Hence, if you intend to photograph a person, and want to have their face as the main part of the image, you will want to choose the longer lens. At a 1 meter distance, their face will be just a small spot in the frame with the 14mm wide angle lens. Even the 20mm lens is not long enough to be a portrait lens, but it is still the better choice. For a portrait headshot, you will generally want a focal length of around 40mm or higher. But the 20mm lens can be used to take an environmental portrait.
On the other hand, if you intend to photograph a group of people, you will want to choose the wide angle lens. You cannot always back up more, so the widest lens is best to cover a group of people.
We have already discussed the different maximum apeture. The 20mm f/1.7 lens has the larger maximum aperture, obviously. However, the 20mm lens also has the larger minimum aperture. Here are the ranges.
14mm: f/2.5 - f/22
20mm: f/1.7 - f/16
The smaller possible minimum aperture for the 14mm lens is an advantage when shooting video. Generally, one would not want to have too fast shutter speed when recording a video.
For motion pictures, a 180° shutter is commonly used. This means that the shutter is open half the time. If you have 30 frames per second, this means that the shutter speed should be 1/60 second.
When recording a video outdoors on a sunny day, you may need to close down the aperture a lot to achieve 1/60 second shutter speed. In that case, the f/22 option comes handy with the 14mm lens. Otherwise, you may need to use an ND filter to get the right shutter speed.
Common knowledge says that you should avoid using small apertures, due to diffraction. Diffraction is known to blur the image at pixel level when usigng very small apertures. However, when shooting video, the resolution used is smaller, so I don't think diffraction is any problem. In fact, one could say that diffraction acts as an extra anti aliasing filter, which could actually improve the image quality during video capture.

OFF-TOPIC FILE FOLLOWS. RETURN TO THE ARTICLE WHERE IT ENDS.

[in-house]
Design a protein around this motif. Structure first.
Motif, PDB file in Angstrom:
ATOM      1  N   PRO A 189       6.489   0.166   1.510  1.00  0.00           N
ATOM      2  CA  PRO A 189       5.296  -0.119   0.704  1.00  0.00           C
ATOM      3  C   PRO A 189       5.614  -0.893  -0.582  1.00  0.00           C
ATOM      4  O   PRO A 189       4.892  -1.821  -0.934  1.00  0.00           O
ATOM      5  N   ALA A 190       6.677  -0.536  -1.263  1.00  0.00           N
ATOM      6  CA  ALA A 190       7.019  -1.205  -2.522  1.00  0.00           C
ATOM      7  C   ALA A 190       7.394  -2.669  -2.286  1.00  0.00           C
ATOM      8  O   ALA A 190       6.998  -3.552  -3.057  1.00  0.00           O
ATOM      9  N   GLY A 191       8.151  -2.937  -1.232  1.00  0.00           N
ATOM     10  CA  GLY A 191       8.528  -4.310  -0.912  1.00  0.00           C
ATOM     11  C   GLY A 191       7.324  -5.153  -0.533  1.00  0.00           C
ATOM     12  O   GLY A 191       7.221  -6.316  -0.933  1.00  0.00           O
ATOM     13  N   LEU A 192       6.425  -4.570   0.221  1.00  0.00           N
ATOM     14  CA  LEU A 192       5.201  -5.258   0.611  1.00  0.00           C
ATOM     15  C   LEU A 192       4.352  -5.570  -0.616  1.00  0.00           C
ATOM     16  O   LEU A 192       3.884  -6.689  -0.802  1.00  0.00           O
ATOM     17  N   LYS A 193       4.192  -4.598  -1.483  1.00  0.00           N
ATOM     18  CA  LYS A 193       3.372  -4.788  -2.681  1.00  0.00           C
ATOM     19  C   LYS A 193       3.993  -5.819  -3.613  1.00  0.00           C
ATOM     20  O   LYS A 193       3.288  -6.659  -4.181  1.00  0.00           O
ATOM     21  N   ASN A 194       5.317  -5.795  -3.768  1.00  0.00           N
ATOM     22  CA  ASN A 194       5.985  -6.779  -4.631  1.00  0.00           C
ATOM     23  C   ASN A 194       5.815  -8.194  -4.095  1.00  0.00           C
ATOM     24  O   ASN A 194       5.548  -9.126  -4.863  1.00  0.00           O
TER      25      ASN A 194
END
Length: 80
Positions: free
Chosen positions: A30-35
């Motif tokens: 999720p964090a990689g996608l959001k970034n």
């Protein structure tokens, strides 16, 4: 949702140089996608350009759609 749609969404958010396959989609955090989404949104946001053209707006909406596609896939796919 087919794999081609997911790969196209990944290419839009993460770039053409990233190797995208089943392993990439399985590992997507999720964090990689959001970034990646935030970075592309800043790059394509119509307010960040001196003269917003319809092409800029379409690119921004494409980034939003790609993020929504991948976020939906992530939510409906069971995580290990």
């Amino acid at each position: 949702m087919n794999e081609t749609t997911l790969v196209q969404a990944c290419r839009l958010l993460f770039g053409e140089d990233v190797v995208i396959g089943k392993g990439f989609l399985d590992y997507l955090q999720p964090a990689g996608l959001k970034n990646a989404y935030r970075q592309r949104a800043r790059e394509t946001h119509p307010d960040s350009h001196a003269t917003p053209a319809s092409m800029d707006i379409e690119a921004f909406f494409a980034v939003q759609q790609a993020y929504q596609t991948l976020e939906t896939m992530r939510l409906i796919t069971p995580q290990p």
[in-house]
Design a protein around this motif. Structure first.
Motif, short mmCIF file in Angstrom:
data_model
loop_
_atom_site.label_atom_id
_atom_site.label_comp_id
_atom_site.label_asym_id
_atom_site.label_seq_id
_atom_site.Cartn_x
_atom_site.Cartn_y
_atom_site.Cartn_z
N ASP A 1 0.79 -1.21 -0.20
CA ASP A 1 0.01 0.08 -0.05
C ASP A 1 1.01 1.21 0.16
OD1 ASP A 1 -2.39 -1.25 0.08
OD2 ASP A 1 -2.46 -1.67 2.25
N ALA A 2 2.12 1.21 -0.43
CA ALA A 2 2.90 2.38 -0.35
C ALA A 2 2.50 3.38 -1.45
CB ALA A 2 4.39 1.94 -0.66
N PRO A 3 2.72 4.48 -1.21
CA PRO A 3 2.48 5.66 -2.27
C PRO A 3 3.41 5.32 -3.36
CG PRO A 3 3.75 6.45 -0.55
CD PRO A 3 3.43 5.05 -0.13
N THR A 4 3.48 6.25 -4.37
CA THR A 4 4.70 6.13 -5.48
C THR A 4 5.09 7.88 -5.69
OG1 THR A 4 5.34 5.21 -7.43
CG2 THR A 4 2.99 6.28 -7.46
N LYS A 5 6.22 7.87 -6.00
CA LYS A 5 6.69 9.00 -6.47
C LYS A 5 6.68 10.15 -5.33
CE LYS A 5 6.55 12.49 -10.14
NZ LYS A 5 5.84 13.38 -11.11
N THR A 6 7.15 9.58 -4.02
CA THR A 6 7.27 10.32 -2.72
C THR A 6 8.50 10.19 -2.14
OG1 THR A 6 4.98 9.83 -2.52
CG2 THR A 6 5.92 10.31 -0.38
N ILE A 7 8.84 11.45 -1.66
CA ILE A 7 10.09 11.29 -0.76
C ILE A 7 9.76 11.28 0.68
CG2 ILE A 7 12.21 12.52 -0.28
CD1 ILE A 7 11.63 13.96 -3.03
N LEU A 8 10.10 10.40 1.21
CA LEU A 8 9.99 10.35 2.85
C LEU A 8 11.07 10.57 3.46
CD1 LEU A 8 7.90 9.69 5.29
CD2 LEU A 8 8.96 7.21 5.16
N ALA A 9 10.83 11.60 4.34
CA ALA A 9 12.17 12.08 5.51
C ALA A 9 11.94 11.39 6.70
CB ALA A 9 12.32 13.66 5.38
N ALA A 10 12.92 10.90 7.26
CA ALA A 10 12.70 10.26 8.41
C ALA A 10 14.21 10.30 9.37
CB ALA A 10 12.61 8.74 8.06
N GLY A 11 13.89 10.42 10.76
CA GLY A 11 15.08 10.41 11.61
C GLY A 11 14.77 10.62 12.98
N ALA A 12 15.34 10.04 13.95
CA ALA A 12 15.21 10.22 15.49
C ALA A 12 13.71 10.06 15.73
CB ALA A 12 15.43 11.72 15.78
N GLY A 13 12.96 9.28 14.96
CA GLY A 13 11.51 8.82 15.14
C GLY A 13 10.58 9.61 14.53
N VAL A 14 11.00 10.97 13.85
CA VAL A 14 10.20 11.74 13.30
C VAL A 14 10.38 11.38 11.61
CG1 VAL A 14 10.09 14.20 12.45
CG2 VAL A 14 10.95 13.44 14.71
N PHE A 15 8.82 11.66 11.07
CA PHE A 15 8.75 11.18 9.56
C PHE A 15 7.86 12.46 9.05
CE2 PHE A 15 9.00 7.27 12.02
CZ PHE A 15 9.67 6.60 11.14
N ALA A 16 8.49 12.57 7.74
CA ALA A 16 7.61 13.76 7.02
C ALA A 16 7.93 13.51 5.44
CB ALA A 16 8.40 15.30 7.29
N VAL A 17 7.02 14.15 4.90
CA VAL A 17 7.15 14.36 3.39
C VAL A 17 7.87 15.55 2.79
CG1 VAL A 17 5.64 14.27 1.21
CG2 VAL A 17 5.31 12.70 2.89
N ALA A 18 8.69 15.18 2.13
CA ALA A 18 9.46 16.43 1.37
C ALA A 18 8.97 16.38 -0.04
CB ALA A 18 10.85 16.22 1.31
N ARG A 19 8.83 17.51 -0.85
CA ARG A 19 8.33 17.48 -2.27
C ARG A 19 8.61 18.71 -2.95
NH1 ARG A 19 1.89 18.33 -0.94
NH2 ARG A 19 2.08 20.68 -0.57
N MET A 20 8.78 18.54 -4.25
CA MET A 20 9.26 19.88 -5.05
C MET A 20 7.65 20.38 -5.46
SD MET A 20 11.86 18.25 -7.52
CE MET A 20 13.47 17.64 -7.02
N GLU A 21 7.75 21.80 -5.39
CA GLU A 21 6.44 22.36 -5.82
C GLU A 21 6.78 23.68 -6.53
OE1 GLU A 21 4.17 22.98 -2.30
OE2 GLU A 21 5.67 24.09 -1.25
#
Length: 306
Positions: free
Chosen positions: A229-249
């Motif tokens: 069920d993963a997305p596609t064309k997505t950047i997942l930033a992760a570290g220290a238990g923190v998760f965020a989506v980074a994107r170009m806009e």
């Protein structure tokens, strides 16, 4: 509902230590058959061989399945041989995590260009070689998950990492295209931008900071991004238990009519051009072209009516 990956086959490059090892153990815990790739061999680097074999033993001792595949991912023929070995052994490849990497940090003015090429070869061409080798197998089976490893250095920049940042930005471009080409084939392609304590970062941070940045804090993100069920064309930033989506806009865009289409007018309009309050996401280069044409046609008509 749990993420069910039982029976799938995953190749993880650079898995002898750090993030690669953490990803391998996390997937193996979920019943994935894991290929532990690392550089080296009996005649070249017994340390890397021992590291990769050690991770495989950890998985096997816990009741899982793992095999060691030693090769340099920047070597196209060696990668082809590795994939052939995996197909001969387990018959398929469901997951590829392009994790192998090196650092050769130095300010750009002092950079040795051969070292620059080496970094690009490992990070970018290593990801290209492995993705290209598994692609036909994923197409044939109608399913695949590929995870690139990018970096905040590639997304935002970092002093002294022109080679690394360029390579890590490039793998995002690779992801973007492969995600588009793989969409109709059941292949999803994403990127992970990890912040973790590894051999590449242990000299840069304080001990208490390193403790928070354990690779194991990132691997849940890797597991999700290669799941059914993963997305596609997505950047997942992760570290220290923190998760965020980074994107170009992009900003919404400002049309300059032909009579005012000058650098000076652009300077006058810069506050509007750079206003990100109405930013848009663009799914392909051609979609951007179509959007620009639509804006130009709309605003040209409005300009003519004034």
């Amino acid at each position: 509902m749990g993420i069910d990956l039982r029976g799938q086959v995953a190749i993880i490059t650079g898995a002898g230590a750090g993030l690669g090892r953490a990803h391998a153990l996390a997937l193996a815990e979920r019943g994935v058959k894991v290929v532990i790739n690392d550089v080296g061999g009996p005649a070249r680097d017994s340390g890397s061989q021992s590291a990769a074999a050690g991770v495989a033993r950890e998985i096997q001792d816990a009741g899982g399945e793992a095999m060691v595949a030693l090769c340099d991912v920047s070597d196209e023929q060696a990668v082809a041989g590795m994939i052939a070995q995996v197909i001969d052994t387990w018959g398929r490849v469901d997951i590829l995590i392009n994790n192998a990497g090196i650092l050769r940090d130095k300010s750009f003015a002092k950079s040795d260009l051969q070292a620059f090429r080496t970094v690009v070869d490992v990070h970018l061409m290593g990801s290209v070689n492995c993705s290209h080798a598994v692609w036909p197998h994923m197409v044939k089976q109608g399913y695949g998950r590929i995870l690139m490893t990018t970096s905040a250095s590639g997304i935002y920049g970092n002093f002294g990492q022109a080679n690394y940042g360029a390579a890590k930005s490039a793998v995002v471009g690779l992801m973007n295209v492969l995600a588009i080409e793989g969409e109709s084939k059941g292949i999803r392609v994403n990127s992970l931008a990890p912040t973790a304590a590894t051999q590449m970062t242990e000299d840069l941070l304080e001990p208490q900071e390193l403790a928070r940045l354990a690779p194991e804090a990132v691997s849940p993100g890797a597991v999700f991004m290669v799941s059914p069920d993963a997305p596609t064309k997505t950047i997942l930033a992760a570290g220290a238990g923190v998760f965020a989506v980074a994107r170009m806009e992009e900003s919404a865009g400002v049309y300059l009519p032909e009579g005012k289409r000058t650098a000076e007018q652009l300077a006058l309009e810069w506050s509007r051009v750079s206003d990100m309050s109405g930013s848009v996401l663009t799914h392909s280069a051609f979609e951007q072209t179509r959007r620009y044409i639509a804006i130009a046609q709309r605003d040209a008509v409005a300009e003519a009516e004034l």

Both lenses work perfectly fine with video. However, the quick and virtually noiseless autofocus of the Lumix G 14mm f/2.5 pancake lens makes it preferable for general video use.
In low light situations, you could find that when using the Lumix G 20mm f/1.7 you can lose focus for some seconds when there is movement in the scene. This is not so likely to happen with the 14mm lens, in my experience.
Apart from the autofocus differences, the choice between the two lenses largely comes down to the same issues whether you intend to use them for video or photo: The field of view and the maximum aperture. So the considerations in the rest of the article apply just as well for video use.
Here are some example videos.
Low light video with some action using the Lumix G 14mm f/2.5 pancake lens on a GH2:
More information about the video parameters used in the movie above. You'll notice that the audio quality is poor in the video. However, this is due to the sound system, which clips the sound at high levels.
This video showing the ice breaking up in Stockholm was recorded using a Lumix G 14mm f/2.5 pancake lens on a GH2, at 1080p, 24fps:
A low light concert movie using the Lumix G 20mm f/1.7 pancake lens on a GH2: